Old Fashioned #2
Recipe from the book “Speakeasy” and adapted by theSpeakista

•    2 1/2 oz Rittenhouse bonded rye
•    1 sugar cube
•    1 tsp superfine sugar
•    3 dashes Angostura bitters
•    2 orange half-wheels
•    4 brandied cherries
•    2 lemon twists
•    2 splashes of club soda
Garnish: see below
Glass: rocks or old fashioned glass
Tools: muddler and bar-spoon

Assembly: Muddle the sugars, bitters, 1 orange wheel, 3 of the cherries and one of the lemon twists in the bottom of the serving glass.  Discard the orange and lemon skins. Add in a splash of the club soda. Fill up the glass with large cold ice cubes, and add the whiskey on top.  Finish off with another splash of the club soda and garnish with the remaining fruit.

Our second preparation, is interesting in as much as it doesn’t come from a fine drinking establishment like Employees Only but rather from a fictional character on a cable TV show.  Several weeks back I stumbled upon a video on YouTube, a link to a scene from Mad Men; in it, one of the main characters, Don Draper, makes an Old Fashioned for himself and Conrad Hilton and it kinda resonated with me.  I’d like to think that if I had to I could leap over the bar as Don did and work up a drink for a titan of industry.  As we were prepping for this project I thought “why not” and decided to include the Don Draper Old Fashioned for your drink imbibing pleasure

Old Fashioned Whiskey Cocktail (Don Draper method)
Recipe adapted by theSpeakista, based on wathcing the show Mad Men (recipe is recreated)

•    2 oz Old Overholt rye whiskey (Tuthilltown Hudson Manhattan Rye was used)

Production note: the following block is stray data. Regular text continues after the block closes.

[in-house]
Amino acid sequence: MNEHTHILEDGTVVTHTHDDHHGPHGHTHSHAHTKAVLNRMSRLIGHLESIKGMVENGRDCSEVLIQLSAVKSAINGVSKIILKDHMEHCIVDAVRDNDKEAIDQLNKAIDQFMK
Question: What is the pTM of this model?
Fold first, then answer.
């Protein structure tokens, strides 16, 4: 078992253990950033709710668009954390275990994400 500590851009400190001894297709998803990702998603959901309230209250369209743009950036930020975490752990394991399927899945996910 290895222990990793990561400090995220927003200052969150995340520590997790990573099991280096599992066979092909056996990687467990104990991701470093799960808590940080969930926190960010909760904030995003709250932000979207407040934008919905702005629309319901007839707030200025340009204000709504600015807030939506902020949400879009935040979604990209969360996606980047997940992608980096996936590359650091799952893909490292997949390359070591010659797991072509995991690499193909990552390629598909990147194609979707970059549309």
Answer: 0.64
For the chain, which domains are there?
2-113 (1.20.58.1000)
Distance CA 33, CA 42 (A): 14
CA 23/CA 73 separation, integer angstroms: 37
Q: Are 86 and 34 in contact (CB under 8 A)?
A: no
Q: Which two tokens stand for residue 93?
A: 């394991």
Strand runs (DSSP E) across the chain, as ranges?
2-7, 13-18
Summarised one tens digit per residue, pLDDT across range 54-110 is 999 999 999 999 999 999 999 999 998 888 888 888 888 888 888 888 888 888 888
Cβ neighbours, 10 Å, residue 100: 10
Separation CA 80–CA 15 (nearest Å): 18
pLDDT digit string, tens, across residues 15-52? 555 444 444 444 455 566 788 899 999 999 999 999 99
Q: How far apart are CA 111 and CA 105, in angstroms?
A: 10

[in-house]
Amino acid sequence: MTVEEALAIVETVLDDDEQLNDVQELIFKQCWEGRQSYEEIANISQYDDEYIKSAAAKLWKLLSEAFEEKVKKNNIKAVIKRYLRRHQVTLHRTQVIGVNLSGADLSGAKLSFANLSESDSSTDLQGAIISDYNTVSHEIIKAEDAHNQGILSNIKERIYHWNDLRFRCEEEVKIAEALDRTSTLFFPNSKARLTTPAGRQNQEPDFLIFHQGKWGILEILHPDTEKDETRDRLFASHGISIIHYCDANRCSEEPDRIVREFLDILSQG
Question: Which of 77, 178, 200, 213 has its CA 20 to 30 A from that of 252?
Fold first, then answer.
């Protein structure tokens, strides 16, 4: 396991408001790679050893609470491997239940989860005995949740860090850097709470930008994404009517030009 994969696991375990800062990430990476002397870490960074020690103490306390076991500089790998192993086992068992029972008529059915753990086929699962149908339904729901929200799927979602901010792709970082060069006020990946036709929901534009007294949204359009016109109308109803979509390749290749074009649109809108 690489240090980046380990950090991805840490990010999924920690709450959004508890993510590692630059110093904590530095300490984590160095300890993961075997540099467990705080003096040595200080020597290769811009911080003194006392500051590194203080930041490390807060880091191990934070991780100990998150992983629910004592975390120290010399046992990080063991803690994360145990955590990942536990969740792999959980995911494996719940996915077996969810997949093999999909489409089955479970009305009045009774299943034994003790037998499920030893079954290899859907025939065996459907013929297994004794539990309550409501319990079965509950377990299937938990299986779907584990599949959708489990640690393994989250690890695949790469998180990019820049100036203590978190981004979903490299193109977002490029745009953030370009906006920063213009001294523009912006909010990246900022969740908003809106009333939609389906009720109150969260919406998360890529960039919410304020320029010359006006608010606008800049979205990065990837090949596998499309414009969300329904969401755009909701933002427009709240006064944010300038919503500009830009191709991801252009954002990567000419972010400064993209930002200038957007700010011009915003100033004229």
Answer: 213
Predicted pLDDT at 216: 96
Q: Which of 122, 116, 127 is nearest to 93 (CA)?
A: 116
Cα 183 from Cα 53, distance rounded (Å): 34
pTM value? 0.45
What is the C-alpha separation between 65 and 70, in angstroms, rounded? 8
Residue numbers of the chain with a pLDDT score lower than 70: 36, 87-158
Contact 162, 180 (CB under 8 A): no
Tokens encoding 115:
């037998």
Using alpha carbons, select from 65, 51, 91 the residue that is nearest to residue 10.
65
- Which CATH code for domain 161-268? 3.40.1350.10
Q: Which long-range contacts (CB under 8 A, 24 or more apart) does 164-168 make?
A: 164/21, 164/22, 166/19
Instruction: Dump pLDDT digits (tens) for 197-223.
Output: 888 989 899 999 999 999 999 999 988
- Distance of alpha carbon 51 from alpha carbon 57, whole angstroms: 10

•    ~1 oz soda water
•    sugar cube
•    3 dashes Angostura bitters
Garnish: orange wheel and cherry
Glass: rocks or old fashioned glass
Tools: mixing glass, bar-spoon and muddler

Assembly: Add the sugar cube and bitters to the serving glass and set aside.  Next add the rye and soda water to the mixing glass filled with ice and also set aside. Muddle the sugar and bitters; give the rye and soda water several stirs in their glass and pour the mixture into the serving glass, garnish and sip away.

The verdict: Hello soda water … you are definitely noticed in this version, almost too much at first.  This taste mellows after it sits/warms for a while with the rye peaking out with the fruit a bit later.  While I much prefer our first effort to Don’s, this is a much better version than prior abominations sampled.

Okay, not a bad go at soda water based version.  The first was less about the soda water which clearly shined through whereas the second, was noticeably more watered down.  Next up on our little adventure we turn back to our base formula for the first of many subtle tweaks.

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{ 1 comment… read it below or add one }

SpiritedAlchemy October 19, 2011 at 9:44 pm

At one bar I saw the bartender put a splash of soda on top of the soaked sugar cube before muddling. When this mixture is muddled it becomes sort of fizzy. I asked him why he did that and he said the soda fizzing like that helps the sugar dissolve. No idea whether this is true, but interesting justification.